Parameters: observations1,observations2 (list) – Two lists of multi-unit spike trains to compare. Each observations parameter must be a thrice-nested list of spike times, with observations[i][j][k] representing the time of the kth spike of the jth cell of the ith observation. cos (float) – mixing parameter controlling the interpolation between labelled-line mode (cos=0) and summed-population mode (cos=1). It corresponds to the cosine of the angle between the vectors used for the euclidean embedding of the multiunit spike trains. tau (float) – time scale for the exponential kernel, controlling the interpolation between pure coincidence detection (tau=0) and spike count mode (very large tau). Note that setting tau=0 is always allowed, but there is a range (0, epsilon) of forbidden values that tau is not allowed to assume. The upper bound of this range is proportional to the absolute value of the largest spike time in observations, with the proportionality constant being system-dependent. As a rule of thumb tau and the spike times should be within 4 orders of magnitude of each other; for example, if the largest spike time is 10s a value of tau>1ms will be expected. An exception will be raised if tau falls in the forbidden range. mode (string) – type of dissimilarity measure to be computed. Must be either ‘distance’ or ‘inner product’. A len(observations1) x len(observations2) numpy array containing the dissimilarity (distance or inner product) between each pair of observations that can be formed by taking one observation from observations1 and one from observations2. numpy.ndarray IndexError – if the observations in observations1 and observations2 don’t have all the same number of cells. OverflowError – if tau falls in the forbidden interval.
pymuvr.square_dissimilarity_matrix(observations, cos, tau, mode)

Return the all-to-all (square) dissimilarity matrix for the given list of observations.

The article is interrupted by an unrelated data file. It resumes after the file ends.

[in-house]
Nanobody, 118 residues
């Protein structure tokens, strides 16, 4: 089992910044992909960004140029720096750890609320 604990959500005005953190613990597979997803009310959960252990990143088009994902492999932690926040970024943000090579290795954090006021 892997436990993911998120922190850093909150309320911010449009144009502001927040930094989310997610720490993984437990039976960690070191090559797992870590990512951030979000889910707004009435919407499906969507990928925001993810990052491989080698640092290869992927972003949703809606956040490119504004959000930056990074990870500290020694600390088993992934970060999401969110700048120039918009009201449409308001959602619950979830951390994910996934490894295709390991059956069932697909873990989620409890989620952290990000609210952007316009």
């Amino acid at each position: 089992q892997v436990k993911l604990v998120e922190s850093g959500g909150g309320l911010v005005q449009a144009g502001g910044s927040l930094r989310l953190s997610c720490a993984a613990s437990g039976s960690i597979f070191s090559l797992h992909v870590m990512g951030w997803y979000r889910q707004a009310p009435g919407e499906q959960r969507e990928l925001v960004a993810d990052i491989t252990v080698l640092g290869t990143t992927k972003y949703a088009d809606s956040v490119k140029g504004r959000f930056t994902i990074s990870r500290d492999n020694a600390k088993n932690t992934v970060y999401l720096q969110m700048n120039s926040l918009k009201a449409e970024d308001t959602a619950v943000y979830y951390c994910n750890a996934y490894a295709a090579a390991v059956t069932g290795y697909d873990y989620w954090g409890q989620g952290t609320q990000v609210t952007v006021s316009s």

Parameters: observations (list) – A list of multi-unit spike trains to compare. cos (float) – mixing parameter controlling the interpolation between labelled-line mode (cos=0) and summed-population mode (cos=1). tau (float) – time scale for the exponential kernel, controlling the interpolation between pure coincidence detection (tau=0) and spike count mode (very large tau). mode (string) – type of dissimilarity measure to be computed. Must be either ‘distance’ or ‘inner product’. A len(observations) x len(observations) numpy array containing the dissimilarity (distance or inner product) between all possible pairs of observations. numpy.ndarray IndexError – if the observations in observations don’t have all the same number of cells. OverflowError – if tau falls in the forbidden interval.

Effectively equivalent to dissimilarity_matrix(observations, observations, cos, tau), but optimised for speed. See pymuvr.dissimilarity_matrix() for details.

pymuvr.distance_matrix(trains1, trains2, cos, tau)

Return the bipartite (rectangular) distance matrix between the observations in the first and the second list.

Convenience function; equivalent to dissimilarity_matrix(trains1, trains2, cos, tau, "distance"). Refer to pymuvr.dissimilarity_matrix() for full documentation.

pymuvr.square_distance_matrix(trains, cos, tau)

Return the all-to-all (square) distance matrix for the given list of observations.

Convenience function; equivalent to square_dissimilarity_matrix(trains, cos, tau, "distance"). Refer to pymuvr.square_dissimilarity_matrix() for full documentation.